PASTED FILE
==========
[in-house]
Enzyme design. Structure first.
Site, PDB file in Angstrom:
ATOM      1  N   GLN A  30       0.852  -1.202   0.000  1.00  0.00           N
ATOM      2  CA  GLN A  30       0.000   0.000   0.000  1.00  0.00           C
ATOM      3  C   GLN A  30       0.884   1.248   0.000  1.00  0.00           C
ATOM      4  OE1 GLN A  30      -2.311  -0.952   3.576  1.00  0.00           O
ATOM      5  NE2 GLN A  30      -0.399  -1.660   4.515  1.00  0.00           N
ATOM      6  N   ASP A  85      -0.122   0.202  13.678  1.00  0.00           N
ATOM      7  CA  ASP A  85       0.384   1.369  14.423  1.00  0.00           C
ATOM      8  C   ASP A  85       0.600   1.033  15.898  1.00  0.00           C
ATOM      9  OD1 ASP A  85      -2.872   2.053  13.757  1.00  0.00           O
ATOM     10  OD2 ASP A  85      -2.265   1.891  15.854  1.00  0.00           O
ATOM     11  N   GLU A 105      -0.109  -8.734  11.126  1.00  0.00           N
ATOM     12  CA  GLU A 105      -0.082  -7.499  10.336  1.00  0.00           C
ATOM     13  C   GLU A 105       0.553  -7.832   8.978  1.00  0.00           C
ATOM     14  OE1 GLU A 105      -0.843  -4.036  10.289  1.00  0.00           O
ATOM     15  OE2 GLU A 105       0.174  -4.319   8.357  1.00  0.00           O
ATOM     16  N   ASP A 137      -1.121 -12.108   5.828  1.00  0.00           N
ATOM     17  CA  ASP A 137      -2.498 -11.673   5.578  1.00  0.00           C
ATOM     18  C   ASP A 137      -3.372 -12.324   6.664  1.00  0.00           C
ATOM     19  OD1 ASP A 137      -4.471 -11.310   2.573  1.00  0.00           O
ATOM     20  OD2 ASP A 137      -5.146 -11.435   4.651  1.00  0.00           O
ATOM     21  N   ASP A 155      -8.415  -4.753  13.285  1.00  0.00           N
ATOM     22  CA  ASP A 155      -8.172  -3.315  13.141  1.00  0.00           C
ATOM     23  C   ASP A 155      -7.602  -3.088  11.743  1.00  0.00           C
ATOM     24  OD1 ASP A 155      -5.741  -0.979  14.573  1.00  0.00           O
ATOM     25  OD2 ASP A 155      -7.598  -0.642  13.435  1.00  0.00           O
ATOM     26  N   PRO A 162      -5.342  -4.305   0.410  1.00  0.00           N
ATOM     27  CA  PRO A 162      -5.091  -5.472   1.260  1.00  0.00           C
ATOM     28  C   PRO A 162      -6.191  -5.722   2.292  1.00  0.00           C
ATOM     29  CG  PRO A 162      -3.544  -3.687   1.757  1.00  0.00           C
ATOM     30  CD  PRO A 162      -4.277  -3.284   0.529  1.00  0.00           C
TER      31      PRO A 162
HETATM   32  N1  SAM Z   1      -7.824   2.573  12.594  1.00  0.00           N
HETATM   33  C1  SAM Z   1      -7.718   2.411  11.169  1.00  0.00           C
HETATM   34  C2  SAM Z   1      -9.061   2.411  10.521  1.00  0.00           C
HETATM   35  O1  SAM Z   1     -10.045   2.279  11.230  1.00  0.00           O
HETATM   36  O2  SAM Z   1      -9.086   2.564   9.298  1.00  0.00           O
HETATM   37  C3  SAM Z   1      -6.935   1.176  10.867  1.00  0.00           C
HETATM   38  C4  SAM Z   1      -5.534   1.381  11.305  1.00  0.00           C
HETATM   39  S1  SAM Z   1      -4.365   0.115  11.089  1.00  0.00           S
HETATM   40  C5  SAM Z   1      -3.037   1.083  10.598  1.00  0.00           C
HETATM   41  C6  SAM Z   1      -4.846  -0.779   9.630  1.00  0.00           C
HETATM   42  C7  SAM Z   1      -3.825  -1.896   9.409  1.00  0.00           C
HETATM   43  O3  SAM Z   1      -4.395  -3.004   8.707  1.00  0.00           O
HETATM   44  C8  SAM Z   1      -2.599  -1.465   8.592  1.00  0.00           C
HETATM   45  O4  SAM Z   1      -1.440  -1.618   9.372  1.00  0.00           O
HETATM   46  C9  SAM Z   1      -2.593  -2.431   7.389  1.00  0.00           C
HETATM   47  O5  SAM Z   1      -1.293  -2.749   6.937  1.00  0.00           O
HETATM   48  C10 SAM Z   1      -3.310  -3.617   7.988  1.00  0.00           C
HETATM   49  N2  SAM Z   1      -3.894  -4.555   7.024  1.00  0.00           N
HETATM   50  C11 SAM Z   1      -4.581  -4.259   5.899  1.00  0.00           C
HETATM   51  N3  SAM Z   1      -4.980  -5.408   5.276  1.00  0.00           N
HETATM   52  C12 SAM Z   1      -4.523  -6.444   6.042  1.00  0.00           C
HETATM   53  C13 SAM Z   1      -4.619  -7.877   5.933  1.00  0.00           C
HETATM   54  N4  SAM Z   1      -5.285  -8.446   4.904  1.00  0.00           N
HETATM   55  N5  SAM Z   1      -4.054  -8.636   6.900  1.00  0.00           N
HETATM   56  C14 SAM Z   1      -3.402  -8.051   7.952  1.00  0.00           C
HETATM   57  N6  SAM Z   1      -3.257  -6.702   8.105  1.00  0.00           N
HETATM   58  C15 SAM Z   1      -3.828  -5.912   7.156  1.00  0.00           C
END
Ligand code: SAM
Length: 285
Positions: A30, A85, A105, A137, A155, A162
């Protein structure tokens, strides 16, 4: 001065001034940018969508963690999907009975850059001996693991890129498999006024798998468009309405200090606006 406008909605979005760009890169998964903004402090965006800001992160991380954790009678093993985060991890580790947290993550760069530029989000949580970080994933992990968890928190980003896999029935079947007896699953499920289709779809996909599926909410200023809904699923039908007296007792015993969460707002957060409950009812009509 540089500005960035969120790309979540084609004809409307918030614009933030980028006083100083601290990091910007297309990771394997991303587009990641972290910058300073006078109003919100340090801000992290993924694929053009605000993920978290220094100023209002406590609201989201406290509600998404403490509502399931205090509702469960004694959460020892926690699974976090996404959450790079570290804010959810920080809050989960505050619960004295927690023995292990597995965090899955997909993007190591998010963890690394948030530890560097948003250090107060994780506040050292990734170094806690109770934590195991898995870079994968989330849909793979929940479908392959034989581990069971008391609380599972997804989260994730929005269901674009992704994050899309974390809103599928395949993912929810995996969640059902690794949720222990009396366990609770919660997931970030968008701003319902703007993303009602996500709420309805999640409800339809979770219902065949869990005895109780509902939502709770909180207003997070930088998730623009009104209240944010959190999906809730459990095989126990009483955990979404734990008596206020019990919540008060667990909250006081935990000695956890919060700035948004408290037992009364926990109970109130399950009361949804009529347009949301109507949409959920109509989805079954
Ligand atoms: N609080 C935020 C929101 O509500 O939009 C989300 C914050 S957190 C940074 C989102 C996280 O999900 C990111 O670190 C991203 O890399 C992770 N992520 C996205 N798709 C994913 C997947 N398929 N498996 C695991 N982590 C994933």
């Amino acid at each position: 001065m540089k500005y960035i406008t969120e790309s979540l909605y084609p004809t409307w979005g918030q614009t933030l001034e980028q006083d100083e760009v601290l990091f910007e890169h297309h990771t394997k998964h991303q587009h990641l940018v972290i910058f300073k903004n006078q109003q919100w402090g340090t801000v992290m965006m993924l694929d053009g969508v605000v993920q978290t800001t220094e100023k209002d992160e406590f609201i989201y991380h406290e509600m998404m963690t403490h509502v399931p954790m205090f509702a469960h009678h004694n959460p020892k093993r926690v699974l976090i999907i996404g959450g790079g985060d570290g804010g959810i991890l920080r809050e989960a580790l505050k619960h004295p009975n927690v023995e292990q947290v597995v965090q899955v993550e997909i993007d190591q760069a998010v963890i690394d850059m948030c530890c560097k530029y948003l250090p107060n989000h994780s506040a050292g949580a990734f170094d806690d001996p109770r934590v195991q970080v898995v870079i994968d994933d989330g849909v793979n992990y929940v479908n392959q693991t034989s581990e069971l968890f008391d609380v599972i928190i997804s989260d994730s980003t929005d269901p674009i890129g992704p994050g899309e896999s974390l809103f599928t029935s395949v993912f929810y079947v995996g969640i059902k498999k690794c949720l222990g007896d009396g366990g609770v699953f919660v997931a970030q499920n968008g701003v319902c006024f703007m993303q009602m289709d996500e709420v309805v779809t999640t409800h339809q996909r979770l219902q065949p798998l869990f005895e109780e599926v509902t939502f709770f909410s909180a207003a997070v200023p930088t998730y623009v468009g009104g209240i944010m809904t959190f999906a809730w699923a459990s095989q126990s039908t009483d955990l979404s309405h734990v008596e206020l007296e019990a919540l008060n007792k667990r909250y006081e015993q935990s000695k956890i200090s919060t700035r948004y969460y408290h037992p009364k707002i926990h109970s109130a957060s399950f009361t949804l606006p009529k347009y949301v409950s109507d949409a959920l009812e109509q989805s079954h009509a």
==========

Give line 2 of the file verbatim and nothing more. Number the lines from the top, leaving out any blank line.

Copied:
Enzyme design. Structure first.